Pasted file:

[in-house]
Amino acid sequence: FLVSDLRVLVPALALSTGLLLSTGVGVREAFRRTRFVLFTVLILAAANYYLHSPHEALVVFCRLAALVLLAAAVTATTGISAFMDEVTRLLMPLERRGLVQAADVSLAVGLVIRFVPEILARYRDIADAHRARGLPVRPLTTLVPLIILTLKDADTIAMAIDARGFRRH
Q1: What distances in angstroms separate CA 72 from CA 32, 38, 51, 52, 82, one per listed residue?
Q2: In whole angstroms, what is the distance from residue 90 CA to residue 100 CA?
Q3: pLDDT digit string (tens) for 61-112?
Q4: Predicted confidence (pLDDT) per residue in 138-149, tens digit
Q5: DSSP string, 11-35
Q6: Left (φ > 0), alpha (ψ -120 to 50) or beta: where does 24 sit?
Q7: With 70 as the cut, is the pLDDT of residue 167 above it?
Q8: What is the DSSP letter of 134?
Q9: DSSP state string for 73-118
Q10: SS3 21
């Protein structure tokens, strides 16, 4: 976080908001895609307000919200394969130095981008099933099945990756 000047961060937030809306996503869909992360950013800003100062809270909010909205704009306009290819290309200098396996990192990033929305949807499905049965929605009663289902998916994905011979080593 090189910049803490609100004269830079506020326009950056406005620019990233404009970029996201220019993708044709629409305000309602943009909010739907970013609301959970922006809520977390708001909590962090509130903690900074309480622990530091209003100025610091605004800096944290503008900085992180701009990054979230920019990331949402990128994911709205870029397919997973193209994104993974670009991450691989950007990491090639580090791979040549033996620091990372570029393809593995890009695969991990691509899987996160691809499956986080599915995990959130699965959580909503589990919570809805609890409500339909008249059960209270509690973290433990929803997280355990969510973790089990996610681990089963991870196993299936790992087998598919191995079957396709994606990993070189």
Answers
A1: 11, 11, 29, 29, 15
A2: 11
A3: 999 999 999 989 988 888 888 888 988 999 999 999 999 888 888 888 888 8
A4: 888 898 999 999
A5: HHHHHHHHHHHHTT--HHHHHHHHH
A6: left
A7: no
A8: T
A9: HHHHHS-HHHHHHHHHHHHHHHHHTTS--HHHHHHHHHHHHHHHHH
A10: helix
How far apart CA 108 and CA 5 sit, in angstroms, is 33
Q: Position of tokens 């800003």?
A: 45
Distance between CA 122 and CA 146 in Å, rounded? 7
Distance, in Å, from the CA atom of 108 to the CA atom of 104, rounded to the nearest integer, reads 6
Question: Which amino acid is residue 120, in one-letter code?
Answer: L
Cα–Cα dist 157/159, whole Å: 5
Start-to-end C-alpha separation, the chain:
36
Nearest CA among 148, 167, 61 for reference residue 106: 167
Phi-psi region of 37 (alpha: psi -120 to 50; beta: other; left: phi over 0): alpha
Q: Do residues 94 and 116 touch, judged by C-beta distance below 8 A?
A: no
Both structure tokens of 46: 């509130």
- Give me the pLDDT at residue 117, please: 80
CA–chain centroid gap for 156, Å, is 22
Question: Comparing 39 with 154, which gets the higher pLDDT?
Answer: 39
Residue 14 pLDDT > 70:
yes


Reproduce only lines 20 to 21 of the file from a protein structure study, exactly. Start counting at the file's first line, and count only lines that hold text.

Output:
A6: left
A7: no